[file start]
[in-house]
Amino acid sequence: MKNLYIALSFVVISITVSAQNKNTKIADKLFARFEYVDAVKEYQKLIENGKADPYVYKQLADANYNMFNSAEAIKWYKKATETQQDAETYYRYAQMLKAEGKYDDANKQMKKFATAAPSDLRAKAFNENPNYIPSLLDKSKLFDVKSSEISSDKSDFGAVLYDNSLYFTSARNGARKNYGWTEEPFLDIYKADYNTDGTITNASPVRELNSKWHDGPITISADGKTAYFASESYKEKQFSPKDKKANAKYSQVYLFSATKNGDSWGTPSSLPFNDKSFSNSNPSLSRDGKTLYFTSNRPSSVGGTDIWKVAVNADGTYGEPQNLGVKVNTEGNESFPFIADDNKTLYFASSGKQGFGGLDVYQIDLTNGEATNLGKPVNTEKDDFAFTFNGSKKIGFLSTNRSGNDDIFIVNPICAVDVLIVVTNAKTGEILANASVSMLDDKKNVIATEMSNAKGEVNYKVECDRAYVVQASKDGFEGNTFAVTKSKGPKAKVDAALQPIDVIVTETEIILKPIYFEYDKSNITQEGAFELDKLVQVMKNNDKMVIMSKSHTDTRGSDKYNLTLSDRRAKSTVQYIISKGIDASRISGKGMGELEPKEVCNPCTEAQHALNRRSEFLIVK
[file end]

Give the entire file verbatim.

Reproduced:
[in-house]
Amino acid sequence: MKNLYIALSFVVISITVSAQNKNTKIADKLFARFEYVDAVKEYQKLIENGKADPYVYKQLADANYNMFNSAEAIKWYKKATETQQDAETYYRYAQMLKAEGKYDDANKQMKKFATAAPSDLRAKAFNENPNYIPSLLDKSKLFDVKSSEISSDKSDFGAVLYDNSLYFTSARNGARKNYGWTEEPFLDIYKADYNTDGTITNASPVRELNSKWHDGPITISADGKTAYFASESYKEKQFSPKDKKANAKYSQVYLFSATKNGDSWGTPSSLPFNDKSFSNSNPSLSRDGKTLYFTSNRPSSVGGTDIWKVAVNADGTYGEPQNLGVKVNTEGNESFPFIADDNKTLYFASSGKQGFGGLDVYQIDLTNGEATNLGKPVNTEKDDFAFTFNGSKKIGFLSTNRSGNDDIFIVNPICAVDVLIVVTNAKTGEILANASVSMLDDKKNVIATEMSNAKGEVNYKVECDRAYVVQASKDGFEGNTFAVTKSKGPKAKVDAALQPIDVIVTETEIILKPIYFEYDKSNITQEGAFELDKLVQVMKNNDKMVIMSKSHTDTRGSDKYNLTLSDRRAKSTVQYIISKGIDASRISGKGMGELEPKEVCNPCTEAQHALNRRSEFLIVK